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Journal of African Business Issue 4

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Welcome to Journal of African Business, your guide to business and investment on the continent. The fourth edition of Journal of African Business is the second issue of this magazine to be published as a quarterly. The first two journals were published as annual publications in 2020 and 2021. The Journal of African Business covers a wide range of subjects within the broader economic sectors: energy; mining and exploration; trade; finance; technology and tourism. In addition to this, special features on topical matters are included, along with country profiles.


COUNTRY PROFILE KENYA East African hub aims to diversify its economy. KENYA Marsabit Eldoret Kisumu Nakuru NAIROBI Malindi Mombasa Lamu Photo: Mustafa Omar on Unsplash Nairobi plays a significant role in the economy of the region and Kenya aims to position the country more firmly as a regional hub for finance and business. Major investments in infrastructure (both national and regional) are underway to link new ports by rail to the interior. Work is being done to diversify the economy away from agriculture and tourism, both industries which have external vulnerabilities. Agriculture is rain-fed and much of it takes place near the coast so droughts and cyclones have an impact. Agriculture currently contributes about a third of GDP and employs nearly two-thirds of the employed population. Tourism has had bad periods because of terrorist attacks and Covid-19 but it has proved resilient as the country has so much to offer. As a net importer of fertiliser, fuel and wheat, Kenya has felt the impact of the Russian invasion of Ukraine. Uhuru Kenyatta has been president since 2013, having won elections characterised by violence and accusations of irregularities. He won a re-run election in October 2017 when the Supreme Court overturned his victory in an earlier election. He is the son of Kenya’s founding president, Jomo Kenyatta. Maasai Mara National Reserve. Photo: Craig Stevenson on Unsplash Capital: Nairobi. Other towns/cities: Mombasa, Kisumu, Nakuru, Ruiru, Eldoret. Population: 55.8-million. GDP: .9-billion (2020). GDP per capita (PPP): 200 (2020). Currency: Shilling. Regional Economic Community: East African Community (EAC), Common Market for Eastern and Southern Africa (COMESA), Intergovernmental Authority on Development (IGAD). Landmass: 582 646km 2 . Coastline: 536km. Resources: Bananas, cassava, coffee, maize, mangoes, sugar cane. Coal, fluorspar, gold, gemstones, iron ore, talc, soda ash, rare earth minerals, gemstones. Main economic sectors: Agriculture, telecommunications, finance. Other sectors: Manufacturing (agro-processing), industry, services, small-scale consumer goods, horticulture, oil refining, tourism. New sectors for investment: Water supply (dams and waterworks), power generation, horticulture, manufacturing, transport, tourism (conference facilities), fintech. Key projects: Vision 2030 is a long-term development strategy that aims to achieve middle-class status for the country by promoting external trade. The “Big Four” priorities are manufacturing, healthcare, housing and food security. Chief exports: Coffee, cut flowers, refined petroleum, tea, titanium. Top export destinations: Uganda, USA, Netherlands, Pakistan, UK, UAE, Tanzania. Main imports: Cars, medicines, iron products, refined petroleum, wheat. Top import sources: China, UAE, India, Saudi Arabia, Japan. Infrastructure: Airports 197, of which 16 paved; pipelines 4km oil, 1 432km refined products; railways 3 819km; roads 177 800km (14 420km paved, 8 500km highways). Electrification 85% (2019). Major seaports: Kisumu, Mombasa. LNG import terminal: Mombasa. ICT: Mobile subscriptions per 100 inhabitants: 114 (World Bank, 2020). Internet percentage of population: 30%. ICT Development Index 2017 (ITU) ranking: 13 in Africa, 138 in world. Climate: Mount Kenya is highest point at 5 199m. Great Rift Valley bisects the central highlands. Tropical at coast to dry in interior and fertile plateau in the west. Abundant wildlife supports tourism. Lake Victoria is the world’s largest tropical lake and the second-largest fresh-water lake. Languages: English and Kiswahili (official), several indigenous. 28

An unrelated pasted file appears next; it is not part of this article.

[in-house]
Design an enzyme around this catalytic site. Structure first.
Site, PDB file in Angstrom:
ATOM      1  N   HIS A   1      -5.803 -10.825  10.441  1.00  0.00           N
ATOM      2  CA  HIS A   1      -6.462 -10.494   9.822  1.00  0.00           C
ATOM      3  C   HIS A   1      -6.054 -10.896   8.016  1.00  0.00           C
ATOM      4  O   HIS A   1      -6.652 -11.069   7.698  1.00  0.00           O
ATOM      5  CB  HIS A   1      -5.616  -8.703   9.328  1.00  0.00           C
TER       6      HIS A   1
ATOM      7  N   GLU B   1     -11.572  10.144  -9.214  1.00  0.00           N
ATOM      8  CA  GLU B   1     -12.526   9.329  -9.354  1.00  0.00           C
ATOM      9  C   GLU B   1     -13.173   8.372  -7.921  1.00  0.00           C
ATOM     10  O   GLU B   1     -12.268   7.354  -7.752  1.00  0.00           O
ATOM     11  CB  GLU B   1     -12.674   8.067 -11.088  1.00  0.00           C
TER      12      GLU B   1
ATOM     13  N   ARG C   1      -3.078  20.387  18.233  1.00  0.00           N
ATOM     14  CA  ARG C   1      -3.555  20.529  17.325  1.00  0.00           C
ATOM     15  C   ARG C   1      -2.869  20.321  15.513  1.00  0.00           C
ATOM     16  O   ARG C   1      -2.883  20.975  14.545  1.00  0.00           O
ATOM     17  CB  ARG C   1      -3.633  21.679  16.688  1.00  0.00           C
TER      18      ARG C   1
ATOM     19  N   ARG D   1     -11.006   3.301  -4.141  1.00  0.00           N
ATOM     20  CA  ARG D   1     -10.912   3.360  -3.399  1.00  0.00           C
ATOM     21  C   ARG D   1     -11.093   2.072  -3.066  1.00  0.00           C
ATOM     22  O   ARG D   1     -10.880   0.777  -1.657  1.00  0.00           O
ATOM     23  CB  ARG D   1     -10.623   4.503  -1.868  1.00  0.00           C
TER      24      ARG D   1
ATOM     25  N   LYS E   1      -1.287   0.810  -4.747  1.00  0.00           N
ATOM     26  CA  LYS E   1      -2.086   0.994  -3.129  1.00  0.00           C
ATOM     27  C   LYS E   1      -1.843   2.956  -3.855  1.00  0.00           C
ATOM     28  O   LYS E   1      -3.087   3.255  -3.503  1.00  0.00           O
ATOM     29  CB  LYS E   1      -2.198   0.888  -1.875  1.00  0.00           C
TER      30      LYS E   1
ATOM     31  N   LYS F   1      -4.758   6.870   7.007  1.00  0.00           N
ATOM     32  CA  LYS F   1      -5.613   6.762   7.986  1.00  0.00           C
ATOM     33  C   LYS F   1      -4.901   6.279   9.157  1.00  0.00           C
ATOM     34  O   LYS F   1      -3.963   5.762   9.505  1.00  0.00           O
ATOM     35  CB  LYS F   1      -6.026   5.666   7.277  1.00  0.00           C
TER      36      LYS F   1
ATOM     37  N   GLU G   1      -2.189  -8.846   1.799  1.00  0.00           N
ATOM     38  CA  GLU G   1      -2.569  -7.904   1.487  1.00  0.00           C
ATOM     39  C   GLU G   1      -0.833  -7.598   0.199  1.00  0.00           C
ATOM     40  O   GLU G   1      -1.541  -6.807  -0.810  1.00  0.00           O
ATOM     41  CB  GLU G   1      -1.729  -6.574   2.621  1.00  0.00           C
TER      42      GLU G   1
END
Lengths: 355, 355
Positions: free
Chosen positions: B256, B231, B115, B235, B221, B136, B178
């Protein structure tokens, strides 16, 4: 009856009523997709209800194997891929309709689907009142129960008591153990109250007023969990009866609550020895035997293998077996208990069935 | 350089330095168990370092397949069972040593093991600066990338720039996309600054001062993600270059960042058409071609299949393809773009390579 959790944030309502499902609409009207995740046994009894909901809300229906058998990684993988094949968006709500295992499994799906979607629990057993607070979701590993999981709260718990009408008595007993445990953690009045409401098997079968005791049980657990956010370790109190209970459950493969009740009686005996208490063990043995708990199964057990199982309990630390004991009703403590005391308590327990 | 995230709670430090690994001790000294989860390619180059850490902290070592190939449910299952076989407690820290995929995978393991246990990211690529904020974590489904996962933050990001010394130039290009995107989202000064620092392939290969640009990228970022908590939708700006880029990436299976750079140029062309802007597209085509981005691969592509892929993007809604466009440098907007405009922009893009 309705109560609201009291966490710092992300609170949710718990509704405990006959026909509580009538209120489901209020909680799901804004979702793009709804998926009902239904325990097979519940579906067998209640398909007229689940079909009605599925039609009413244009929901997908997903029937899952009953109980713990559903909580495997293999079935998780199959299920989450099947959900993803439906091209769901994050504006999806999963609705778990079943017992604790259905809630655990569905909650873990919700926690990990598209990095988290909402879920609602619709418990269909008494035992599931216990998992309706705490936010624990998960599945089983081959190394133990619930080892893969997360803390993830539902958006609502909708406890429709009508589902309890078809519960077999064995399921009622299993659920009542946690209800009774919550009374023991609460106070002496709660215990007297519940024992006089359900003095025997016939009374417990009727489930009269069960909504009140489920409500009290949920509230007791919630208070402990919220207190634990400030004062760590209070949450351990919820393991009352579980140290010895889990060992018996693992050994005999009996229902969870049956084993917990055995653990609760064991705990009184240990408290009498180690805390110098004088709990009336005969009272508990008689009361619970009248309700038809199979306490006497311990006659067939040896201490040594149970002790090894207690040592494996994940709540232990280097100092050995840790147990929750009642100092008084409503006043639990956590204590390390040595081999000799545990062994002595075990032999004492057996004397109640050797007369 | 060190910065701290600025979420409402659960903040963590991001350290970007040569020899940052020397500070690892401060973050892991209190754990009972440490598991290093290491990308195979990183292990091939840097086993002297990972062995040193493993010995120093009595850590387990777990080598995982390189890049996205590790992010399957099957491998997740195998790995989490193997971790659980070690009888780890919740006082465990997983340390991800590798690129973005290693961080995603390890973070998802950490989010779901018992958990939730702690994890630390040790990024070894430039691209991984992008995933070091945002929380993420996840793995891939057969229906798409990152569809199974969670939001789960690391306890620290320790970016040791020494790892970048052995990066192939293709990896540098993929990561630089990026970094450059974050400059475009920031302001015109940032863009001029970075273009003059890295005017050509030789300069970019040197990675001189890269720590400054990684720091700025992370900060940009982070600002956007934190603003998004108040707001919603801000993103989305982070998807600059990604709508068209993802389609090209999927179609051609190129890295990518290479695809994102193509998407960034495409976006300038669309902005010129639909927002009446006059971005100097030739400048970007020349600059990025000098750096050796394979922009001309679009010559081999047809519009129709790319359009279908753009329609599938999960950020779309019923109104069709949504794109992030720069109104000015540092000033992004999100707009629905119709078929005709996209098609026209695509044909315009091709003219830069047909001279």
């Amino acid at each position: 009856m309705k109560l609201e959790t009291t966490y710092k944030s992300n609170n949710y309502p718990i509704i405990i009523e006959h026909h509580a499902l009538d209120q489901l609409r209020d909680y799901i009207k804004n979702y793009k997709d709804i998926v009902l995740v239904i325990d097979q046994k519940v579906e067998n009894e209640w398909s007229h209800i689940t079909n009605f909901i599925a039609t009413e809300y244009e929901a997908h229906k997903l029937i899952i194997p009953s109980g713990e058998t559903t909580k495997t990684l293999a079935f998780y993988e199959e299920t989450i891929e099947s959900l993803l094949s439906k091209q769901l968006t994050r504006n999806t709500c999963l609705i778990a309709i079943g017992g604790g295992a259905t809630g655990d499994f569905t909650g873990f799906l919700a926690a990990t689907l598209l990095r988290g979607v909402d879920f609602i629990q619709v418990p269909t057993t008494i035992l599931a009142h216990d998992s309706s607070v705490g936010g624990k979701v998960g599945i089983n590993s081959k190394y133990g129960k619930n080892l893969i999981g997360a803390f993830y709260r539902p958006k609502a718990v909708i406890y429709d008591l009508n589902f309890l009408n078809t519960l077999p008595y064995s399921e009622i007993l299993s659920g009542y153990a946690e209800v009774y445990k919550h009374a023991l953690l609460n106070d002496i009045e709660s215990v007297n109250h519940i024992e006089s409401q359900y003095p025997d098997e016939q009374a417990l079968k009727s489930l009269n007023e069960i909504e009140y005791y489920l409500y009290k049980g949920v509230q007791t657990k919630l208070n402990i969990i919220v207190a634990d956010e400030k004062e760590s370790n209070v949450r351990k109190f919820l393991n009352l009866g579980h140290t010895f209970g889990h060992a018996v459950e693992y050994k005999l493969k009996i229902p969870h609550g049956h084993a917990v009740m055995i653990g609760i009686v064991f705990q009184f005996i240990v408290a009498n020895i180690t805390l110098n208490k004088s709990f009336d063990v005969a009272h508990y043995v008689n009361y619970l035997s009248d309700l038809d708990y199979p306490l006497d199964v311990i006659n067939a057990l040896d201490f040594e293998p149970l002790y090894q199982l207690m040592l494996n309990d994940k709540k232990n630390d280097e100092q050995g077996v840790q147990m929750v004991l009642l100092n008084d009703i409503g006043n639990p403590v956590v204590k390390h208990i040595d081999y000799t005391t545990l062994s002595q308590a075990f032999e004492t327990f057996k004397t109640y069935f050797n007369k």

COUNTRY PROFILE GHANA Investors are putting their money into Ghanaian gold. Oshakati Grootfontein NAMIBIA Bolgatanga Tamale Swakopmund WINDHOEK Walvis Bay Luderitz Keetmanshoop GHANA Kumasi Ho Tarkwa Obuasi ACCRA Cape Coast Sekondi Tema Photo: AngloGold Ashanti I Independence was declared in 1957, making Ghana an inspiration for other African states. The first president of Ghana, Kwame Nkrumah, was an advocate of pan-Africanism and was one of the founders of the Organisation of African Unity. A succession of coups and periods of military rule followed Nkrumah, ending only with the signing of a new constitution in 1992. Human-rights lawyer Nana Akufo-Addo won the presidential election in December 2016 and again in 2020. Agriculture contributes about 20% of GDP with cocoa exports providing valuable foreign exchange. The country encompasses diverse landscapes and climate regions. The northern savannah belt has been subject to both floods and droughts while coastal erosion is also a problem, particularly in the east. There are extensive forests. Offshore oil production began in 2010. This has had a significant effect on the economy, not only in creating more revenue but making Ghana subject to the volatility of world markets. Further oil fields were added in 2016 and 2017 and a gas-processing plant was commissioned at Atuabo. One of the four British colonial territories that made up the modern state of Ghana was called Gold Coast, so it is no surprise that Ghana is a major gold producer. New mining projects are drawing increased interest from Canadian and Australian miners. Black Star Square. Photo: Ifeoluwa A on Unsplash Capital: Accra. Other towns/cities: Kumasi, Tamale, Sekondi-Takoradi. Population: 33.1-million. GDP: 4.8-billion (2020). GDP per capita (PPP): 300 (2020). Currency: Cedi. Regional Economic Community: Community of Sahel-Saharan States (CEN-SAD), Economic Community of West African States (ECOWAS). Landmass: 238 533km 2 . Coastline: 539km. Resources: Diamonds, gold, manganese and bauxite. Unexploited deposits of copper, chrome, iron ore, mica, nickel, limestone and quartz. Crude oil and natural gas. Cassava, cocoa, maize, oranges, palm oil, pineapples, plantains, rice, taro, yams. Main economic sectors: Mining, agriculture and hydrocarbons. Gold mining and the cocoa industry are major earners of foreign exchange. Industrial minerals. Other sectors: Food-processing, timber, light manufacturing, aluminium smelting, cement. New sectors for investment: Fintech, automotive, telecoms, FMCG. Key projects: Ghana Vision 2020 aims for the country to be defined as a developed country by 2029 and newly industrialised in the decade after that. Manufacturing is promoted under the One District, One Factory plan. Chief exports: Gold, crude petroleum, cocoa products, manganese, cashews. Top export destinations: Switzerland, India, China, UAE, South Africa. Top import sources: China, Nigeria, USA. Main imports: Metal tubing, ships, cars, refined petroleum, rice. Infrastructure: Airports 10, of which 7 paved; railways 947km; roadways 94 203km (14 948km paved); pipelines 681.3km gas, 11.4km oil, 435km refined products. Electrification, 85%. Seaports: Takoradi, Tema. ICT: Mobile subscriptions per 100 inhabitants: 130 (World Bank, 2020). Internet percentage of population: 58%. ICT Development Index 2017 (ITU) ranking: 7 in Africa, 116 in world. Forest: 21.2% (2018 est). Climate: Tropical. Warm and dry along south-east coast, hot and humid in south-west. The north is hot and dry with harmattan winds from January to March in north-east. Religion: Christianity, Islam, indigenous beliefs. 29